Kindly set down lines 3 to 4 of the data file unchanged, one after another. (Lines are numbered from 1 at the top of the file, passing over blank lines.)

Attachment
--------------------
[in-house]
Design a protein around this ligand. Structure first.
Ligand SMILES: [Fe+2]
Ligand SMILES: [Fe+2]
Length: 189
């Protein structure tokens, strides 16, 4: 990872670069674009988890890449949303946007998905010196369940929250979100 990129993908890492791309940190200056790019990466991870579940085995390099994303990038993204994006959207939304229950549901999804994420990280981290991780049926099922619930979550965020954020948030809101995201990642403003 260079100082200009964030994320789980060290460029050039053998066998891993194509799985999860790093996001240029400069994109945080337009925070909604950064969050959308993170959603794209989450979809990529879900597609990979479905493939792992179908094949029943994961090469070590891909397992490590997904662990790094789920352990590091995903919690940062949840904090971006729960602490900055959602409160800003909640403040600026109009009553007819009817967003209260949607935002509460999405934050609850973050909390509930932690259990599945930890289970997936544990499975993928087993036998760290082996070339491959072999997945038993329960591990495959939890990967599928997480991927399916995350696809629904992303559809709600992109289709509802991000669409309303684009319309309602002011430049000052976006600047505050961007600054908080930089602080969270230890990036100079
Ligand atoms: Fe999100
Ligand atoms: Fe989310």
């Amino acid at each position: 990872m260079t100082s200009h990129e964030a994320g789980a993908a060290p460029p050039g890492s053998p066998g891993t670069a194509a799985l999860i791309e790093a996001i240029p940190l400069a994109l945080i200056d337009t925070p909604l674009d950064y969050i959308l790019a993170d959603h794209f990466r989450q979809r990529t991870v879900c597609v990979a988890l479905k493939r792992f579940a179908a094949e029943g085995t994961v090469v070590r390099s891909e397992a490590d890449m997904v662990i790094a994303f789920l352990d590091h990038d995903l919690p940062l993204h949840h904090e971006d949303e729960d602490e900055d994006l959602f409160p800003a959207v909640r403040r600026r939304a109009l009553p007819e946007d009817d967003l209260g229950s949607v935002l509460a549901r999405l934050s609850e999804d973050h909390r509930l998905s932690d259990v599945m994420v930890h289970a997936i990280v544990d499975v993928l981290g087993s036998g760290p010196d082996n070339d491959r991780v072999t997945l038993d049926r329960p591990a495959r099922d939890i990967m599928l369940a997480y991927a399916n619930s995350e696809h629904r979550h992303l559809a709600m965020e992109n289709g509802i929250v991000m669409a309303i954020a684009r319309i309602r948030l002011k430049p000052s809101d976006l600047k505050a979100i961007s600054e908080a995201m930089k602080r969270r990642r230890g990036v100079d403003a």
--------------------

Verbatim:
Ligand SMILES: [Fe+2]
Ligand SMILES: [Fe+2]